- Tactical Analysis
- Scout Reports
- Talent Radar
- The Series
As the group stage comes to an end with two teams from each remaining in Brazil and the rest heading back home, we at Outside of the Boot have analysed each group, paying focus to four key aspects — the primary tactical system that was noticeably successful, the individual game changing performance that decided which way a result went, the most consistent and best young player across the three games (Talent Radar) with the players qualifying no more than 22-years-old and an XI of the best players from the group.
Probably the most open group of the World Cup with the two likely to progress hard to call, Belgium & Algeria emerged successfully. Many touted the Belgium’s to be the most attractive side with the football they put on show, but Africans Algeria were the outright winners there, even displaying a well-organised defensive system in the last game against Russia. There were no big teams or household names, meaning that this was the hipsters favourite group. Belgium go through as champions with a series of late goals, while Algeria finished ahead of Russia, avoiding defeat in the last game against them. Algeria become the first nation from the Arab world/Middle East to qualify for the next round since Saudi Arabia in 1994.
This again wasn’t as much a system as it was an entire approach to the game. Unlike many ‘smaller’ times, Algeria played an attractive attacking system of football which left many viewers in awe of them. With three attack minded midfielders behind the striker, Algeria rely on players like Sofiane Feghouli for their attack. They were excellent against Belgium, surprising many by actually playing better football than the Europeans, but their best football was seen against an inferior South Korea side, where they struck three times in the first half. It was arguably the match that got Algeria many admirers though we’ve always maintained they’d be good to watch.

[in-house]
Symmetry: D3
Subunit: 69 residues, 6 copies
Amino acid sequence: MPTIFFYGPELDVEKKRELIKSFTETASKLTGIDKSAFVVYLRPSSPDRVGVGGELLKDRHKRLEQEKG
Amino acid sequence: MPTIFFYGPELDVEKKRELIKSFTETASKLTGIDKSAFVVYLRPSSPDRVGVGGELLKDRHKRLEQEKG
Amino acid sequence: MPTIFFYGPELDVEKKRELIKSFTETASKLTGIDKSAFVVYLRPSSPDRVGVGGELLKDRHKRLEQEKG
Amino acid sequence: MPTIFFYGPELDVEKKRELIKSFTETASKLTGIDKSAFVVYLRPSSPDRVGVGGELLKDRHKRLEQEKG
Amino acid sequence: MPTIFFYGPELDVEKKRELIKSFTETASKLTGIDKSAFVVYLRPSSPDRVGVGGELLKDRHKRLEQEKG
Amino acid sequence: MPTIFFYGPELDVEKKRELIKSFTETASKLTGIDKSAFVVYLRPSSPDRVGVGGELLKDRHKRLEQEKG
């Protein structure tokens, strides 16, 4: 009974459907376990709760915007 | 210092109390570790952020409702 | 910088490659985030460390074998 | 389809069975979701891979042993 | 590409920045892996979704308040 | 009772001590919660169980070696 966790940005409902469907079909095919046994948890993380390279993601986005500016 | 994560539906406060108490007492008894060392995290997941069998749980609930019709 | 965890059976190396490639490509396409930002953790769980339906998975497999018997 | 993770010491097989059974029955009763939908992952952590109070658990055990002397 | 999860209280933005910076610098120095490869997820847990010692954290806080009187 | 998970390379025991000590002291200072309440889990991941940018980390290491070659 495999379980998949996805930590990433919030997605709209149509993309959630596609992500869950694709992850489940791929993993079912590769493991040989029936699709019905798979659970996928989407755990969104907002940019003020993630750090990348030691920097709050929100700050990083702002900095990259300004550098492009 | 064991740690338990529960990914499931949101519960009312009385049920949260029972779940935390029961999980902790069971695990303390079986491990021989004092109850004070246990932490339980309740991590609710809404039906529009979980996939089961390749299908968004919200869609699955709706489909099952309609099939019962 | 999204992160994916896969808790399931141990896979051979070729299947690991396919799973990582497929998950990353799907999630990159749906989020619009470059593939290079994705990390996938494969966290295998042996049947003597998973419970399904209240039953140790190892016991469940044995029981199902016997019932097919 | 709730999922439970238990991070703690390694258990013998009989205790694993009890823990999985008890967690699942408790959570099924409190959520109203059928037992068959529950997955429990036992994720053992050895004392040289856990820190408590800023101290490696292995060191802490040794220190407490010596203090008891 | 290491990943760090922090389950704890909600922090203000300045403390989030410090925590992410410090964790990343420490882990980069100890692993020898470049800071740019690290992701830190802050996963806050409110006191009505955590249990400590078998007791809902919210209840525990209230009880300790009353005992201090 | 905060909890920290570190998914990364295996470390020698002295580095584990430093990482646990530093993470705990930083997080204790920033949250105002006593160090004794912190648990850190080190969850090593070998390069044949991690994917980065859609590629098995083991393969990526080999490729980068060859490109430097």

What was particularly intriguing in the Algerians, evident in their last game, was their defensive organisation. They went a goal behind early on, attacked and got back into it but then realised they needed to protect the point to qualify. We thus saw Valid Halihadzovic sides’ defensive solidity, which personally I didn’t feel existed. They were able to contain the Russia opposition remarkably well, as they qualified to the knock-out stage for the first time in their history.
Again, Algeria is the focus of our attention in this regard and that 4-2 win over South Korea. Striker Islam Slimani put in an excellent shift as he scored one and set-up another. Playing as the lone striker the Sporting CP player combined excellently well with the attacking midfielders behind him to run rings around the Korean defence. It was his ability right in front in attack that allowed Algeria to play their quick combination football.
With Belgium and their vast young talent, it’s no surprise that the best young player of the group is from their side. But while many would suspect potentially bigger names to have performed, one that has stood out is 19-yr-old Divock Origi. He came on in the first game against Algeria for Romelu Lukaku and essentially played the role Lukaku was expected to, only better. He was able to get his attackers into the game while playing as the lone striker. Against Russia ofcourse he had a more evident impact scoring a late late winner to secure the three points.
Players in red are Talent Radar youngsters
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